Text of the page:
Ding Ding, Week four of our favourite man James Hendicott on a bi-weekly basis picking fights with the world to find some new music for you all to keep an eye out for.
Sounds Of System Breakdown are founder and lead vocalist Rob Costello, guitarist Richy Kelly and drummer (and brother of the front man) Ed Costello. Currently splitting their time between London, Dublin and a secret location where they’re putting the final touches on their second full-length (we hear it has a sea view and an ample supply of fermented intoxicants), they have a cult Dublin following gained in part through their DIT connections, and in part from a rounded live performance that mixes live charisma with seriously danceable beats. Rob even uses a theremin, and yes, he does make it sound good…
Let’s aim high, and quote the most common comparison: Sounds Of System Breakdown often get compared to those infectious dance-floor fillers LCD Soundsystem, with Rob branded ‘Ireland’s James Murphy’ in a couple of reviews of their stunning self-titled début. The three-piece also have a distinctly local tinge to them, though. In ‘Ten Pack Of Johnny Blue’, or ‘Jaysyehaventacluedoyeh’ they deal with local cultural quirks without losing a thumpingly danceable, muscular brand of synth-pop with enough nuance to bare serious repeat listens. The début full-length (which you can now listen to in full on Bandcamp) received a monster critical reception, and even came in a few beautiful hand-drawn-cover copies as well as the standard release. The feather in its cap, perhaps, is the haunting melody of rarely performed mellow number ‘Love’s Only Chemicals’, the calm among of myriad of driving storms that proves Sounds Of System Breakdown are capable of going well beyond that same glorious synthetic sound.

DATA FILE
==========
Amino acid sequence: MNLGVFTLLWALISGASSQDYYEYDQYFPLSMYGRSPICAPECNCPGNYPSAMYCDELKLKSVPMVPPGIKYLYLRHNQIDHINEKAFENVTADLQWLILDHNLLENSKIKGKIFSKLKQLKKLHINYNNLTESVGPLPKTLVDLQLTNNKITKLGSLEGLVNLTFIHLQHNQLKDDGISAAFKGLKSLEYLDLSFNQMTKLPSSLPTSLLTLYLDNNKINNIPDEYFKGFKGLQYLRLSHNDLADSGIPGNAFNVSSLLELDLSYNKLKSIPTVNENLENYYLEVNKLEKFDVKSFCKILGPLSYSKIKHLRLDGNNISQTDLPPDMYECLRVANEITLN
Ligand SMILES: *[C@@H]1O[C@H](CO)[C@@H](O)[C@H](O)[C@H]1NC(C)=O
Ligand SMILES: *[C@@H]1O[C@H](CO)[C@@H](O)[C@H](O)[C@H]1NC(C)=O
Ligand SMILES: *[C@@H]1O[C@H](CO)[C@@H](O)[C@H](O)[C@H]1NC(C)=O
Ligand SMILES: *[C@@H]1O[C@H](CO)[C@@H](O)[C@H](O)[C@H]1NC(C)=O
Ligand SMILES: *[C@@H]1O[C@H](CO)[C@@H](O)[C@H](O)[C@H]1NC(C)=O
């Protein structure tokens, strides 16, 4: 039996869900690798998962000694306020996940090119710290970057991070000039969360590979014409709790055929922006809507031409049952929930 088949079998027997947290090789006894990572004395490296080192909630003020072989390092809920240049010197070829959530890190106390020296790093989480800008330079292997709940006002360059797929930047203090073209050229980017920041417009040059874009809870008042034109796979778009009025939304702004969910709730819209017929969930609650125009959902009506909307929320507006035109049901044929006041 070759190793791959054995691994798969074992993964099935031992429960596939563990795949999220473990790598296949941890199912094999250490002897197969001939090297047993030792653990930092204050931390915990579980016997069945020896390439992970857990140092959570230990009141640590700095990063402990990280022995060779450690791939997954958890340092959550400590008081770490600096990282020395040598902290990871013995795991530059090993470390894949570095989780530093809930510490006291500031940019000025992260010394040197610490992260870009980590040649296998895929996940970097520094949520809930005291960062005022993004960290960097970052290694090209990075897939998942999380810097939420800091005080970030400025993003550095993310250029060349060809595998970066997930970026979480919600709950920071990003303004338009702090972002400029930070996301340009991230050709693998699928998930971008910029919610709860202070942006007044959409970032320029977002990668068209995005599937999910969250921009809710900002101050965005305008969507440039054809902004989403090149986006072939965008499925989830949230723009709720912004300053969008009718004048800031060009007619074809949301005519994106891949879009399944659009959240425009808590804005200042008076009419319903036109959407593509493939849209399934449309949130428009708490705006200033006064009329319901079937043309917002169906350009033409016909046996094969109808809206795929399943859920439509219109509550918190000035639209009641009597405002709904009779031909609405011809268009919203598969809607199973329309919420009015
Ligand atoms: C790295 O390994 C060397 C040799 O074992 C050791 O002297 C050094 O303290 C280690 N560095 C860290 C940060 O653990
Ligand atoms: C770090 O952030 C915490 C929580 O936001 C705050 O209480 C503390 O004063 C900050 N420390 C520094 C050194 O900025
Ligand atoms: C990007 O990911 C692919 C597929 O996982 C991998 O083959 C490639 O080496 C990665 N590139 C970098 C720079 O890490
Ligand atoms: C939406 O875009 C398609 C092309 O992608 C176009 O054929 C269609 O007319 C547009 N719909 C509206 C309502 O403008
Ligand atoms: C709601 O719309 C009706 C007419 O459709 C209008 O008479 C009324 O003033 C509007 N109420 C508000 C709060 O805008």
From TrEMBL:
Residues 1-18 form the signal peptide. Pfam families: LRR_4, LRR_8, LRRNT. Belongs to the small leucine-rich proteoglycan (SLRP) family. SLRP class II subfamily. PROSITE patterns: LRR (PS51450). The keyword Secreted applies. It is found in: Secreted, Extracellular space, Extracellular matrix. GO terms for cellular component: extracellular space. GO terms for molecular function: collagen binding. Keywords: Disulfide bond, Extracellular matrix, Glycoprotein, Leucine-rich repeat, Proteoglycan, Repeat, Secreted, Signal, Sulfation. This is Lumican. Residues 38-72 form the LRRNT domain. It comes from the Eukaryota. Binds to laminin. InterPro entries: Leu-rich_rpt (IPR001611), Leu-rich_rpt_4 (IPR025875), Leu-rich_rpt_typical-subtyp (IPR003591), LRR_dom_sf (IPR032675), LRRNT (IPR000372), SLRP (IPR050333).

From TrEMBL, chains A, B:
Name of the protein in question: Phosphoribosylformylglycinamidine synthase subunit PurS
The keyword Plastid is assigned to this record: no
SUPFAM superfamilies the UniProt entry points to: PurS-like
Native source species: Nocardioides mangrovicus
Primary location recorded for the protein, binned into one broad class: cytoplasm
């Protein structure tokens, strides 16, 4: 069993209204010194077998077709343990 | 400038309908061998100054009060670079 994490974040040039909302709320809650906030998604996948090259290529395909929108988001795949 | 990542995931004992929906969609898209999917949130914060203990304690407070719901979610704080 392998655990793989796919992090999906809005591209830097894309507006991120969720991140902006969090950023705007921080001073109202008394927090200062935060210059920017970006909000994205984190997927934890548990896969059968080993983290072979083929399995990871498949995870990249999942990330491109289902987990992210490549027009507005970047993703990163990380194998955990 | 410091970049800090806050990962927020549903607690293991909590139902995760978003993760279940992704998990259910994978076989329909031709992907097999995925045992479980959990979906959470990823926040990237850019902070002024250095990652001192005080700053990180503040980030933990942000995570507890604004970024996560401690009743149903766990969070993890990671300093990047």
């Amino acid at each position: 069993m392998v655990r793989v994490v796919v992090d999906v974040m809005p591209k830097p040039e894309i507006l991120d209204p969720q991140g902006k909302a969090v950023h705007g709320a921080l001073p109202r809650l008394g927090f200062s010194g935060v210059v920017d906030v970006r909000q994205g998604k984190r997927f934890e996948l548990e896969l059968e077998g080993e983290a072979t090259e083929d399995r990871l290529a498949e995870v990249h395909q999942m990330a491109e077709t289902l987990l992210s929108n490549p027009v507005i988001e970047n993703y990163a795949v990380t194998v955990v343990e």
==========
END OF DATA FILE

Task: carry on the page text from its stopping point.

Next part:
There’s been a follow up EP, too, entitled ‘Colour’, which saw the band take a more rustic direction with their beats. Released in June 2011, it featured the brilliant mindfuckery of ‘Reversism’ and a handful of witty accompany videos (witness Rob’s brilliantly surreal workplace beats in the video for ‘Colour’ below). Around the same time as the Colour EP came out, the group made an emotional change of personnel, replacing former drummer Adam. The change over took place mid-way through an emotional Vantastival show, the latter half of which Adam watched tearfully from the front row while Ed stepped into his shoes. Sounds Of System Breakdown are a real live favourite, having made the role of Knockanstockan rave-closer their own from behind their backlit branded logo boxes.
Dublin doesn’t lack for experimental, electro-based artists right now, but with ample going on up on stage, a genuinely euphoric danceable energy and more melodic beat-pop highs than finicky shoe-gaze in their style, Sounds Of System Breakdown would certainly squeeze comfortably into my top five local live acts. They’d sit well on a bill alongside ever-growing local favourites Le Galaxie: their sound is driving, hip-shaking stuff that’s both distinctly and recognisably locally flavoured (ask them about the early sweatbox shows in riotous pubs they needed a defensively positioned chair to get out of) and impressively original. Expect a party you’ll want to attend again as soon as its over.
And the flip side?
Sounds Of System Breakdown have had their heads down on the Irish music scene for a while, through a combo of UK shows and a spate of writing (we’ve had a sneak preview of the early new album recordings, incidentally, and they’re excellent). It could be some time before they’re back playing regular nights in Dublin, so grab the chances when they come. This is a band that could soon be plying its trade successfully far beyond our shores.
The Costellos and Monsieur Kelly will be rocking Knockanstockan like they’ve never been away once again at the end of July this year. After that, shows will take place sporadically as the new album takes shape. Expect another raucous yet intelligent outing.
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